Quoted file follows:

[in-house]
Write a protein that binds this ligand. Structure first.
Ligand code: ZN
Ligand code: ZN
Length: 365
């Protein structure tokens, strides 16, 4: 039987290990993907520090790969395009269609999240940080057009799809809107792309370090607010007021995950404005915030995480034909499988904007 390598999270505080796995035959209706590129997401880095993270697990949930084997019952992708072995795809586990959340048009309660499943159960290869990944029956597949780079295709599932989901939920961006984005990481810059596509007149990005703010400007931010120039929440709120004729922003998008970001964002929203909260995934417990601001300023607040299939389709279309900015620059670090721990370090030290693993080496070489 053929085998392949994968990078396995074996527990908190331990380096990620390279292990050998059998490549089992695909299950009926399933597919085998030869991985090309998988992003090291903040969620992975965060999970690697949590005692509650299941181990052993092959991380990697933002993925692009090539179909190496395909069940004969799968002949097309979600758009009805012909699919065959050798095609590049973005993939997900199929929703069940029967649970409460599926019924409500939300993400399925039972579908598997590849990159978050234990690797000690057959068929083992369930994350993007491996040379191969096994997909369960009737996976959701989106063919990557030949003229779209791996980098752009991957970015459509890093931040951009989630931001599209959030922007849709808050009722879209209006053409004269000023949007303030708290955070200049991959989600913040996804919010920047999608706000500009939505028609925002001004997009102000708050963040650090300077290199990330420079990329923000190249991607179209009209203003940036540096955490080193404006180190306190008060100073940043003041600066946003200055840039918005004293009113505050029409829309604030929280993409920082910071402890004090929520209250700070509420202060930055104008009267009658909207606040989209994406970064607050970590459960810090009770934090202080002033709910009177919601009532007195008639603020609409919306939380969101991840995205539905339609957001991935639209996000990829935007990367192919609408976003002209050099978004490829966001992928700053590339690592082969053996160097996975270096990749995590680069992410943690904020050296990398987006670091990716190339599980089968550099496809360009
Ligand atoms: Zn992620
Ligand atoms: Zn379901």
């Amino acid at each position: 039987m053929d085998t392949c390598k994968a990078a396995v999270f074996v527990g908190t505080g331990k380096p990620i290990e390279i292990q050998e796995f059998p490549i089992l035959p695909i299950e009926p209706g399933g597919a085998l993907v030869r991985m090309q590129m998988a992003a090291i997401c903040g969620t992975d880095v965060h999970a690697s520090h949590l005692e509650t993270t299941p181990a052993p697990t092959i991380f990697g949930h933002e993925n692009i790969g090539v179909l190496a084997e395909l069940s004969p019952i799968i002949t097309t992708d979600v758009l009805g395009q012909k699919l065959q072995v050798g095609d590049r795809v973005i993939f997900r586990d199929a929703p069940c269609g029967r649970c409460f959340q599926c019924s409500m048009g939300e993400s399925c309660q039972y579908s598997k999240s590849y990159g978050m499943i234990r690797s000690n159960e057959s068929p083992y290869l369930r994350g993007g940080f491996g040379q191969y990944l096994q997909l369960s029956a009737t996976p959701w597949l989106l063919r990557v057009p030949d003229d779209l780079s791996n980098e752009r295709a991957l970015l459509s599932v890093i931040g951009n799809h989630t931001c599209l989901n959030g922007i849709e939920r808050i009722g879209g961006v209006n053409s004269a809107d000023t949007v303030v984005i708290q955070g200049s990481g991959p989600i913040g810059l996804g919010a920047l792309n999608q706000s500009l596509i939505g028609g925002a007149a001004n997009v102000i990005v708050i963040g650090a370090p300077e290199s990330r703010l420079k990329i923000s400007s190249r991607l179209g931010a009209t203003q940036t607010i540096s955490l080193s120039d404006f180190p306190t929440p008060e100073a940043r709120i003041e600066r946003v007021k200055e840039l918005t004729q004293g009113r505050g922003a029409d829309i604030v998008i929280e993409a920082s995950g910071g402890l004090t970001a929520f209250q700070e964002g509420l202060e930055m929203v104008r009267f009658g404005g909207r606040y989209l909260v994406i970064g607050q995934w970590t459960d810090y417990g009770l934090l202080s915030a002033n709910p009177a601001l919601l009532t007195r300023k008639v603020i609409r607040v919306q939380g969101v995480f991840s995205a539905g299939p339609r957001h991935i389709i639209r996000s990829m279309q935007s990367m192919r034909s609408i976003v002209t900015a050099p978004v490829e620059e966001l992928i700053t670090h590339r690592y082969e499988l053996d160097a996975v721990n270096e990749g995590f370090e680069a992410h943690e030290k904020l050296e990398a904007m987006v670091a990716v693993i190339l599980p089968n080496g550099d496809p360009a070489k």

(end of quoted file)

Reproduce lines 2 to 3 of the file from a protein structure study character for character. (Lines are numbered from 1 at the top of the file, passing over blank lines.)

Write a protein that binds this ligand. Structure first.
Ligand code: ZN